Too Blue to Fly by Judith Richards

“Set in the Florida swamps in 1947. A biracial family was living in a hostile area where it was illegal for blacks and whites to marry or to live together while raising their son. Then the man’s white son from … Continue reading

Tainted Rye Crisp by Susan Studier

In the 1930s, Albert and Frances Wetter lived with their four children in Lanesboro, Iowa. Albert worked for the Chicago & Northwestern Railroad. Frances was a gifted pianist of above-average intelligence. Albert thought all was well with his family until … Continue reading

Karen by Marie Killilea

Got stuck on a must-browse book titled “Karen” by Marie Killilea. It is a biography about a young girl with cerebral palsy and how the mother and father work to keep the girl from becoming spoiled and self-centered. They teach … Continue reading

Hung Up in Bemidji by Kathy Cohen

Kathy Cohen knows how to present realistic characters to the reader –most who are lovable in spite of their flaws. She knows a lot about the rodeo circuit, bull riding, and the clowns whose job it is to protect the … Continue reading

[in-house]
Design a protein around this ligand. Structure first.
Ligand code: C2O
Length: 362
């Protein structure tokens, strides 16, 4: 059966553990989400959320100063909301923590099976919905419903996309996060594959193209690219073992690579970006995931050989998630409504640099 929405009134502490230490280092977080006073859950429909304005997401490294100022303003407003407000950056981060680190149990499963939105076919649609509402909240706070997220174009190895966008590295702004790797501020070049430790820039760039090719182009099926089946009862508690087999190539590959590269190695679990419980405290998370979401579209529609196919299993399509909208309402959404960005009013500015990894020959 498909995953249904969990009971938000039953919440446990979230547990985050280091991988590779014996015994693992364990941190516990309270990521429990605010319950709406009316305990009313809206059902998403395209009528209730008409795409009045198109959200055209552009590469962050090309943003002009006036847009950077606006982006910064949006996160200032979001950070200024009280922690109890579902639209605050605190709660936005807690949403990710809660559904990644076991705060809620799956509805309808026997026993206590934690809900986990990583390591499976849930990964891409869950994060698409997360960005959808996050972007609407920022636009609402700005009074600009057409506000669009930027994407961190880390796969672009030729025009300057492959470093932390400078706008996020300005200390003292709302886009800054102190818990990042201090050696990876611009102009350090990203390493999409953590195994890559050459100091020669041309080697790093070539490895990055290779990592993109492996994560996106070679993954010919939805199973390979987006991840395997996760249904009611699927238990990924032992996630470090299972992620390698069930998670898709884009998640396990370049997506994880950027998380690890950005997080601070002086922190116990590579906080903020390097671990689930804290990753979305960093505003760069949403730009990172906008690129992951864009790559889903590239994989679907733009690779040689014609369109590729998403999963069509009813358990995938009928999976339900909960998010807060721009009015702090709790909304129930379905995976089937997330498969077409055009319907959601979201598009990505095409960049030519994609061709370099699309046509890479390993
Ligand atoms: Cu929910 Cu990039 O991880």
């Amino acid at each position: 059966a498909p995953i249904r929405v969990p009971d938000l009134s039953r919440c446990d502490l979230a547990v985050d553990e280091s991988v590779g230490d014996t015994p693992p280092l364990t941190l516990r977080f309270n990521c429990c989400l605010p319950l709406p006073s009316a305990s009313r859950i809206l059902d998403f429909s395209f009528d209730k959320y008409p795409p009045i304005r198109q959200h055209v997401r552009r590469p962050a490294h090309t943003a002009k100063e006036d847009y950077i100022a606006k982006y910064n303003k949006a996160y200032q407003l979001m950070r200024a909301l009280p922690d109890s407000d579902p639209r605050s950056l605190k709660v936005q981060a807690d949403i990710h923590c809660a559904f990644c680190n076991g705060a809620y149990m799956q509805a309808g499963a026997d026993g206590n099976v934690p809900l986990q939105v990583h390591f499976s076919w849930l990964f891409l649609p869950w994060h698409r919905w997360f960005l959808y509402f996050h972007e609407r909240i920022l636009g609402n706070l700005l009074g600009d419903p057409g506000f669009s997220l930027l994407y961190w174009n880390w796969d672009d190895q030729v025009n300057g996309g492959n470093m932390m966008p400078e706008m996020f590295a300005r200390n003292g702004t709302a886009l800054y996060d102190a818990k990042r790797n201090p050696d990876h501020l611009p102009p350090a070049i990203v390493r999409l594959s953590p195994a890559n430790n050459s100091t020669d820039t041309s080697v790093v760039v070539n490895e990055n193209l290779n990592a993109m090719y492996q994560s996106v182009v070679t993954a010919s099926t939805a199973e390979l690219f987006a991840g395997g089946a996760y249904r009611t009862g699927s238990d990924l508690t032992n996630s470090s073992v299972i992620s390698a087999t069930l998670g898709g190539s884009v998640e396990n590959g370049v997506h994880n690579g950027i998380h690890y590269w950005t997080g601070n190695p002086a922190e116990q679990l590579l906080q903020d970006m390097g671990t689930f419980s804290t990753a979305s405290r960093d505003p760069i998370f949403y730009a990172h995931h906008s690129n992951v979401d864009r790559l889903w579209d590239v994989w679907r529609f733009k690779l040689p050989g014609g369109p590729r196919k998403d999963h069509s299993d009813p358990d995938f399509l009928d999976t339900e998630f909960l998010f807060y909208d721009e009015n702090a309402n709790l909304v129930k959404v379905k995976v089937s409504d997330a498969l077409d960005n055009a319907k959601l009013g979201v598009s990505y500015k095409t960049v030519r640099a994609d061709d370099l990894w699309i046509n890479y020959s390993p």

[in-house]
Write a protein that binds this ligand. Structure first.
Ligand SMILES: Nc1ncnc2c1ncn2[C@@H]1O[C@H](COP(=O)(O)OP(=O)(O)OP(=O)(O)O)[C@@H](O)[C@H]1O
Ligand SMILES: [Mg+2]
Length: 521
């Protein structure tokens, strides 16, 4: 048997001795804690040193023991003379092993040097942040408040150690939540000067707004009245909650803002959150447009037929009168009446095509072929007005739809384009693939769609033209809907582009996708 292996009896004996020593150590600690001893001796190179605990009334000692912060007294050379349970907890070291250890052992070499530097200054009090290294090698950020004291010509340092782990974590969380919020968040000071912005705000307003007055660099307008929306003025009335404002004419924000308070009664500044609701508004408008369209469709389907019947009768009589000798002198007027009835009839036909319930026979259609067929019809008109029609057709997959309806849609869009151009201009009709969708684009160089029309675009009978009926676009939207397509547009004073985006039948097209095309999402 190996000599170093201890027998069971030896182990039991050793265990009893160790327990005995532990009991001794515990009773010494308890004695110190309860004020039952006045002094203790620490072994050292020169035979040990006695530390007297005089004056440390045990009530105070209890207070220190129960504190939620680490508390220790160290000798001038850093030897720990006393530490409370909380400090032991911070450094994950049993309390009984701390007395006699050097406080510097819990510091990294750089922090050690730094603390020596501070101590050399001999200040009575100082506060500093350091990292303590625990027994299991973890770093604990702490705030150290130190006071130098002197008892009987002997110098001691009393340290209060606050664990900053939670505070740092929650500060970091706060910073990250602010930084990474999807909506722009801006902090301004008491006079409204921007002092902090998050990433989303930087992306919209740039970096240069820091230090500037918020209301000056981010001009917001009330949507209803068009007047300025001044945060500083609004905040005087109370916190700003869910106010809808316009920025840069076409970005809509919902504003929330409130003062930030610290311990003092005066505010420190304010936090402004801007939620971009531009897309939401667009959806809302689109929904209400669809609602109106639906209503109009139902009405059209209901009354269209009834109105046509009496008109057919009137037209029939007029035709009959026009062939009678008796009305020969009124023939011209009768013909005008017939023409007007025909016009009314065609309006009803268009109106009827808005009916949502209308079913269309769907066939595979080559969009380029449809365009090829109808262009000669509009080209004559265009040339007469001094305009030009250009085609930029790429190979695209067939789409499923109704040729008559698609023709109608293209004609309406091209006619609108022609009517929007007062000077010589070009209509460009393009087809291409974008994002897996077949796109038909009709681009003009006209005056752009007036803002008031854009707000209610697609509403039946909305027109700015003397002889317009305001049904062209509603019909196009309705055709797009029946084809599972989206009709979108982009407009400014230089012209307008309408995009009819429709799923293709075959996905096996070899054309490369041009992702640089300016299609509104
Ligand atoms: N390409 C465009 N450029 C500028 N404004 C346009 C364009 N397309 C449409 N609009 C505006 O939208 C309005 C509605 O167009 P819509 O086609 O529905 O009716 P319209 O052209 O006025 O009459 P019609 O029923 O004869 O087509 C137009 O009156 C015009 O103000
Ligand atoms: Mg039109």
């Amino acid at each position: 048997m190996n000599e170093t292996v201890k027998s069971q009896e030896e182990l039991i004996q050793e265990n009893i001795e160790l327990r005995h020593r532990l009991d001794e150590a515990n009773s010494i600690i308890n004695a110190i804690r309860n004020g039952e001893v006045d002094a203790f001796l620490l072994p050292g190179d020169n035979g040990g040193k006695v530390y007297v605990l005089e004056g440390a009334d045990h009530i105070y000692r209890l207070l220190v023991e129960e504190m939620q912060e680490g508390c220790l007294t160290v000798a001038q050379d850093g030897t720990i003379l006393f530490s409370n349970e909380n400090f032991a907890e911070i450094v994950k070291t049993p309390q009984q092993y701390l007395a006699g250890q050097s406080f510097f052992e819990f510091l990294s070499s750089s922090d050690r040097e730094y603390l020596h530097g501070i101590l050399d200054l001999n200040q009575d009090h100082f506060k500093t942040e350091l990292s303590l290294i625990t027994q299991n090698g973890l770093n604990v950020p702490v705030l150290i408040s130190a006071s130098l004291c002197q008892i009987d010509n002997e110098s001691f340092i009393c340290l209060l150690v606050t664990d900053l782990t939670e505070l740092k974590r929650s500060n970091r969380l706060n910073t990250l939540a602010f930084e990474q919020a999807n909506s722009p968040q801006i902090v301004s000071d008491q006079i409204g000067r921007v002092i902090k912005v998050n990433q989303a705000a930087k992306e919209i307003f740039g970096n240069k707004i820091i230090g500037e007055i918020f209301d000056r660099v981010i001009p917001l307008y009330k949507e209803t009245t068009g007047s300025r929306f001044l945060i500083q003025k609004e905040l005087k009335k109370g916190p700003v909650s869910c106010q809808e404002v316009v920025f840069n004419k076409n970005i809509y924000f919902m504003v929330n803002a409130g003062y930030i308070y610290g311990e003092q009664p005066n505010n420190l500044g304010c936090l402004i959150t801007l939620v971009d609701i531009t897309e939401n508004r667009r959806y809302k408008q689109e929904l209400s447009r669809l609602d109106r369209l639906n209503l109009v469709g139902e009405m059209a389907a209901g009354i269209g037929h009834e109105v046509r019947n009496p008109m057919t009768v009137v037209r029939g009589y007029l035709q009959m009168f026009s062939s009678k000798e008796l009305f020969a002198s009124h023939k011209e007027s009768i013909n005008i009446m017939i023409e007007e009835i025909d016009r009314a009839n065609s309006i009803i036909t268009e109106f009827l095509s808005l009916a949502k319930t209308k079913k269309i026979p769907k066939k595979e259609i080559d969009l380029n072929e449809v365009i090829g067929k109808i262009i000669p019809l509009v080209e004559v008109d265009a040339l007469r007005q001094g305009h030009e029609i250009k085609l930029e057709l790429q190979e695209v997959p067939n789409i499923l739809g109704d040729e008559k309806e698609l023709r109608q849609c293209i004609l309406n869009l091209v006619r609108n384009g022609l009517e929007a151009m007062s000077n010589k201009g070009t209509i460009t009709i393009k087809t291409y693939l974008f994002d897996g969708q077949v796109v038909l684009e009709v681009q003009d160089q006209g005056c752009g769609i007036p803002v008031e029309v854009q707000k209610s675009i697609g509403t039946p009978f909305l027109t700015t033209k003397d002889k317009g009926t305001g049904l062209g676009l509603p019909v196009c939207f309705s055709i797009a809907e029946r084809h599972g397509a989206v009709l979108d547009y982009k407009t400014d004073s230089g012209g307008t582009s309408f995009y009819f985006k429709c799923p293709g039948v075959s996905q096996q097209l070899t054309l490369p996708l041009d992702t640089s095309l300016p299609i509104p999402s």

The Girls of Atomic City

Review by Linda H.: I’ve just finished reading an astonishing story. The book is “The Girls of Atomic City: The Untold Story of the Women Who Helped Win WWll”, by Denise Kiernan. The author focuses on several women from all … Continue reading

Just Jake by Jake Marcionette

Just Jake by Jake Marcionette Carol B.: “Want to share a story about a 13 year old who wrote a NYTimes bestseller! And he happens to be a nephew….super job for this young man… and he has plans for more … Continue reading

Death by Prescription by Ray D. Strand M.D. 2003

Death by Prescription by Ray D. Strand, M.D. Copyright 2003. The use of prescription medication is the third leading cause of death in the U.S. Don’t automatically accept newly released drugs with could be life-threatening, discover the deadly partnership formed … Continue reading

The Bully Pulput by Doris Kearns Goodwin

From childhood, Theodore Roosevelt regarded books as “the greatest of companions.” Roosevelt found time to read. As president, he always carried a book with him to the Executive Office and made the most of his time in reading. Roosevelt’s ability … Continue reading